The effectiveness of supply chain operations has historically been at the mercy of outside forces. The pandemic was the ultimate outside force and it redefined expectations. Now, it's imperative organizations get ahead of any issue to ensure agreements and deliveries are met — despite events outside of their control.
Unfortunately, new problems continue to emerge that impact the movement of goods. For example, port congestion recently eased in Los Angeles after being a major headache for months. But stalled contract agreements with dock workers are now pushing goods to the East Coast, shifting cargo flows and influencing delivery times. There could also be a greater fear of goods moved by rail in the near future, especially after the train derailment in East Palestine, Ohio, which spilled extremely hazardous materials and displaced hundreds of residents.
Manufacturers rank supply chain challenges as a top concern in 2023 as they battle stubbornly high prices. This constant market volatility leaves more than half of logistics managers to not expect normalcy in their supply chain until at least 2024. And 29% said it might not happen until after 2025 — if ever again.
Supply chain disruptions, in some fashion, are here to stay. It’s just the manner of those disruptions that is constantly changing. How can organizations get ahead of disruption and future-proof their supply chain, with little idea as to what’s on the horizon? Here’s a playbook you can lean on to step up your strategy and mitigate future threats.
Learn from the past
A key way to bolster supply chain operations is to understand the lessons from past disruptions. In recent years, blank sailings, port congestion and trucker shortages (which still impact delivery times) significantly diminished the efficiency and effectiveness of supply chain operations. The lesson to take from that? Pivoting on the fly is of paramount importance to fulfill contracts, retain clientele and meet customer demands.
You should prioritize that agility by diversifying product sourcing, carrier options, and route offerings. It ensures goods keep moving to their final destination and greatly reduces the potential for backlogged freight. Nearshoring and other semi-local outsourcing tactics help, too. Having operations in a country closer to the import destination helps quickly solve issues and still gives organizations the cost savings associated with offshore production.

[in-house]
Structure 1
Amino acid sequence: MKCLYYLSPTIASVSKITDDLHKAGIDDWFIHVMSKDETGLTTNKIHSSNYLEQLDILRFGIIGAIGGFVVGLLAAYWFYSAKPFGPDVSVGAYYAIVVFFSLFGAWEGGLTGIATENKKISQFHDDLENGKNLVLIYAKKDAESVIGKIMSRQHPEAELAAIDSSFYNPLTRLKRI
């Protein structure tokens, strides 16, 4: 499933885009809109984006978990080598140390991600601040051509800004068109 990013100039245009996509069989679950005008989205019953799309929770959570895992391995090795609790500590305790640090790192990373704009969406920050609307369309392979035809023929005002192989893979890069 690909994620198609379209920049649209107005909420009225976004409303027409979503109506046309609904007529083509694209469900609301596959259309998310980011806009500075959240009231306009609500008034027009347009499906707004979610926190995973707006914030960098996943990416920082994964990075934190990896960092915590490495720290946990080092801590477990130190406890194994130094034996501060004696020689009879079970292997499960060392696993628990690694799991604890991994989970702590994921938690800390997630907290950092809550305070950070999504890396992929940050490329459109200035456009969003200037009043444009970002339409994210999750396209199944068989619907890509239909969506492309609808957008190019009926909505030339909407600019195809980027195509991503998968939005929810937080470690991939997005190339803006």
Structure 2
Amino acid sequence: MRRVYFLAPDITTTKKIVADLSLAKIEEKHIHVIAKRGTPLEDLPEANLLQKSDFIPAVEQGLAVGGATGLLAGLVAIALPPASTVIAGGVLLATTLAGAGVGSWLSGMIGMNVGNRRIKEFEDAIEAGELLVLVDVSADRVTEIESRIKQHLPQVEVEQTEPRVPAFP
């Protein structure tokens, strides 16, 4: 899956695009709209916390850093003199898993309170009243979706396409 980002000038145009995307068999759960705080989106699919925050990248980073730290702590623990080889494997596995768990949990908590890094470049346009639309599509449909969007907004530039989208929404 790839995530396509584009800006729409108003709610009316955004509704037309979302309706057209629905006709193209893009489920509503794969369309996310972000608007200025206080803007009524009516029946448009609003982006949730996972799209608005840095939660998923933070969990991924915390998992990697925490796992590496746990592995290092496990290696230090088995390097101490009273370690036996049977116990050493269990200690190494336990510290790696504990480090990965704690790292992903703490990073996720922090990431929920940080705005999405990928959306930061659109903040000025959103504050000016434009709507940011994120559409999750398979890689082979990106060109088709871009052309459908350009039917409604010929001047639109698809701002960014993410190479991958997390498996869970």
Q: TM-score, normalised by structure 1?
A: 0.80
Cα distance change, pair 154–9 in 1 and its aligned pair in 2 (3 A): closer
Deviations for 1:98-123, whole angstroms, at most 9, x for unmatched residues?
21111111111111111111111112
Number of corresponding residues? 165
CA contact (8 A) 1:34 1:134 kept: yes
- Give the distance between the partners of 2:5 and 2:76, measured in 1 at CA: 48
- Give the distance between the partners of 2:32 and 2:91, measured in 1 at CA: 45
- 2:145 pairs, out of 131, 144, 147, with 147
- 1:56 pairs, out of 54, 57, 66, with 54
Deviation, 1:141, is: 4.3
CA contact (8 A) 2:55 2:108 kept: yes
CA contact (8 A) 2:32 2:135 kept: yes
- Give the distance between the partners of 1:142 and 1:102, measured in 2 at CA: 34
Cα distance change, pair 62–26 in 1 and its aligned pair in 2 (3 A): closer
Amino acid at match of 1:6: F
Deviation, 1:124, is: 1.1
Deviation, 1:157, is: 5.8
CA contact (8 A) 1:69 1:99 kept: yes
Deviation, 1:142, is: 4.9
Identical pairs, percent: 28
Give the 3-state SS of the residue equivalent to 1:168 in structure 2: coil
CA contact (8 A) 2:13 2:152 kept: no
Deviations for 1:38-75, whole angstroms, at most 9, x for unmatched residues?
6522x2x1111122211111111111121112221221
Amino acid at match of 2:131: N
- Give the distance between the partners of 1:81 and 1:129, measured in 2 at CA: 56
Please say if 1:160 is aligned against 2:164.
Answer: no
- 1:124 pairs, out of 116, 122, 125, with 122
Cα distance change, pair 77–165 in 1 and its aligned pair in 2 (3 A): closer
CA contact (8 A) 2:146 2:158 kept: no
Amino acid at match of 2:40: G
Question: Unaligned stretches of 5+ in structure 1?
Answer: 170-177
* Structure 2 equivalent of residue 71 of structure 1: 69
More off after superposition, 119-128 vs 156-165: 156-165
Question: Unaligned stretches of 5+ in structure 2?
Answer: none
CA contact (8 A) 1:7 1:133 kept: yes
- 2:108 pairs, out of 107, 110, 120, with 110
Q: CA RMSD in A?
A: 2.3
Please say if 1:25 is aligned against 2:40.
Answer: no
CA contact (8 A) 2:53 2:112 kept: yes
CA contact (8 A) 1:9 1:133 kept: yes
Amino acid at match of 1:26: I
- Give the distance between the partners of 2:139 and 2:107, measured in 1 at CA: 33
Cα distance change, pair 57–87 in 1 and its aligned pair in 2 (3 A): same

Another lesson to account for is the rapid shift in consumer demands. Amazon surged during the pandemic with its quick delivery turnarounds, and consumers now expect that speediness from every brand they shop — 90% expect two- or three-day shipping to be standard and 32% of global shoppers will abandon their carts if an estimated shipping time was too long. Amazon taught us all that organizations must be open to expanding their footprint. It boosts operational agility during unexpected disruptions, ensures rising consumer expectations are met and drives growth.
Be open to adopting emerging trends
It’s not enough to just be aware of industry trends; you need to adopt some of them that can help improve your operations.
One such trend to keep up with is emerging technologies. Not only does technology give you greater visibility into operations (something only 13% can currently map), but it modernizes day-to-day tasks and automates monotonous duties to improve overall efficiency. Artificial intelligence, machine learning and Internet of Things (IoT) devices are evolving tools that have woven themselves into multiple industries. You need to be ready to implement it, too. Also keep an eye on new technologies that aid in last-mile delivery, which could soon include drones or autonomous vehicles. It will also be crucial to utilize data analytics to gain insights into supply chain performance.
However, technology growth demands an increased focus on security and risk management. The 2023 BSI Supply Chain Risks Insights Report says that organizations see cyber vulnerability and ransomware as the most important issue “in the short, medium and long term.” Greater attention must be given to security issues as hackers fine-tune their tactics. You can prepare by making the appropriate investments into IT teams and cyber safety training.
There is also a growing trend toward a consumer-focused approach. We know customers expect quicker deliveries, so you need to adjust fulfillment operations to be faster and meet this demand. But today’s consumer-focused strategy also requires a shift to more sustainable and socially responsible practices. According to HubSpot, 66% of consumers say organizations should try to reduce their environmental impact. This matters to them more than ever before: That same survey found that 46% of consumers say they are more likely to purchase from an organization that actively tries to reduce its carbon footprint. Sustainability has become a way to keep your customers and attract new ones.
Preparing your supply chain based on past events and current customer trends is the best way to future-proof operations. This agility puts you a step ahead in bolstering and managing your supply chain operations to ensure resiliency in the face of volatility. You may not know what the next industry shake-up is, but you can put yourself in the position to handle it.